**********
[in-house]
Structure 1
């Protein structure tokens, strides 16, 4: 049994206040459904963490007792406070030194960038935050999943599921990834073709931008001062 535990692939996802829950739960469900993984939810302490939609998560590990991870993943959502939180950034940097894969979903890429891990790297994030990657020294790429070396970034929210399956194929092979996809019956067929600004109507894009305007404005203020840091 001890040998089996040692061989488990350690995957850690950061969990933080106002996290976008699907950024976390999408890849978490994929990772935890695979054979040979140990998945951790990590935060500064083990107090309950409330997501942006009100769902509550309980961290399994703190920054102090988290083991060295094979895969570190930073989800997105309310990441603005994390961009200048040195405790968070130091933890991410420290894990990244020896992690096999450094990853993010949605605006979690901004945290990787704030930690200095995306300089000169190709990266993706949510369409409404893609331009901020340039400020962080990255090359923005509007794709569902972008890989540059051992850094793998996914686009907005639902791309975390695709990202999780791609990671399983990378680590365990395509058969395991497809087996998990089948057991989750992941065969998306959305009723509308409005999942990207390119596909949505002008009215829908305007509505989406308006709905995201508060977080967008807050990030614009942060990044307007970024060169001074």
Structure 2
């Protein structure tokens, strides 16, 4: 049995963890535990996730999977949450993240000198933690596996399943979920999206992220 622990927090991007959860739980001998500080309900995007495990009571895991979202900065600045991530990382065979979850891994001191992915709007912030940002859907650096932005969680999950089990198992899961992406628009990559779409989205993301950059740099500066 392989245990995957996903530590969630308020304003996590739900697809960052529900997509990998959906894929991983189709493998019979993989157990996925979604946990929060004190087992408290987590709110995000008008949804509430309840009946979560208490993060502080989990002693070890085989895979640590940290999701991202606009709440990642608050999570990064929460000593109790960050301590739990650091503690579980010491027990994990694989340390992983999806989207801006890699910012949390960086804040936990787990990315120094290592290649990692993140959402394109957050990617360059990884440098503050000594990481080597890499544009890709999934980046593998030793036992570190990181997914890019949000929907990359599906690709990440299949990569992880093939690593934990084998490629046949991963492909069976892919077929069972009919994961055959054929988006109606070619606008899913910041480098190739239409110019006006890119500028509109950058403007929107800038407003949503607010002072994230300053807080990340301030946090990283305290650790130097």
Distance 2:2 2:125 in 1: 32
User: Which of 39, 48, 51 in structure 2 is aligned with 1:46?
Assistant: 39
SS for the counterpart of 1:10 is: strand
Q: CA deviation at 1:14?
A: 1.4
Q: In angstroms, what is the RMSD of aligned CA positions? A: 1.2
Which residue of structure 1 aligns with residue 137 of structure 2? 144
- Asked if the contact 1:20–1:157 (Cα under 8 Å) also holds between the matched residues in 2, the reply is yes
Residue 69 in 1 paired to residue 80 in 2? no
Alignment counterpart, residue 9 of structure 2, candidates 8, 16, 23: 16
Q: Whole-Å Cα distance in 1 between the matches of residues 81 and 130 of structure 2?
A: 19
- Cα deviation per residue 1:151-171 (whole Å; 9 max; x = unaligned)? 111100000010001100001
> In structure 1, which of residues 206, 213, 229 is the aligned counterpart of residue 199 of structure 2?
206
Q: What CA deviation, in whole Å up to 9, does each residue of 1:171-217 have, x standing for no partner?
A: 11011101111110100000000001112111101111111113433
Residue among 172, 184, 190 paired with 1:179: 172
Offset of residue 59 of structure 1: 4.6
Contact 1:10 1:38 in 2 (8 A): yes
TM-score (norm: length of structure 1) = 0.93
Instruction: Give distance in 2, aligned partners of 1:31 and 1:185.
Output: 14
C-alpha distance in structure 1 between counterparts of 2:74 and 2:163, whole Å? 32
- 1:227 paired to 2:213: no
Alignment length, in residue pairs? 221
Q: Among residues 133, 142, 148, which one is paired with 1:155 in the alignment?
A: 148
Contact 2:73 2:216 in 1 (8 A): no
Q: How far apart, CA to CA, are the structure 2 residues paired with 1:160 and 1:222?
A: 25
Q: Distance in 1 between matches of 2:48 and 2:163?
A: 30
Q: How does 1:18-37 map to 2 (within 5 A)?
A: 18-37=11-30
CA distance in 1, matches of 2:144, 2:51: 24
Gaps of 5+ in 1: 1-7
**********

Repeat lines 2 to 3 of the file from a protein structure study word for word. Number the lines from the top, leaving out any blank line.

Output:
Structure 1
């Protein structure tokens, strides 16, 4: 049994206040459904963490007792406070030194960038935050999943599921990834073709931008001062 535990692939996802829950739960469900993984939810302490939609998560590990991870993943959502939180950034940097894969979903890429891990790297994030990657020294790429070396970034929210399956194929092979996809019956067929600004109507894009305007404005203020840091 001890040998089996040692061989488990350690995957850690950061969990933080106002996290976008699907950024976390999408890849978490994929990772935890695979054979040979140990998945951790990590935060500064083990107090309950409330997501942006009100769902509550309980961290399994703190920054102090988290083991060295094979895969570190930073989800997105309310990441603005994390961009200048040195405790968070130091933890991410420290894990990244020896992690096999450094990853993010949605605006979690901004945290990787704030930690200095995306300089000169190709990266993706949510369409409404893609331009901020340039400020962080990255090359923005509007794709569902972008890989540059051992850094793998996914686009907005639902791309975390695709990202999780791609990671399983990378680590365990395509058969395991497809087996998990089948057991989750992941065969998306959305009723509308409005999942990207390119596909949505002008009215829908305007509505989406308006709905995201508060977080967008807050990030614009942060990044307007970024060169001074």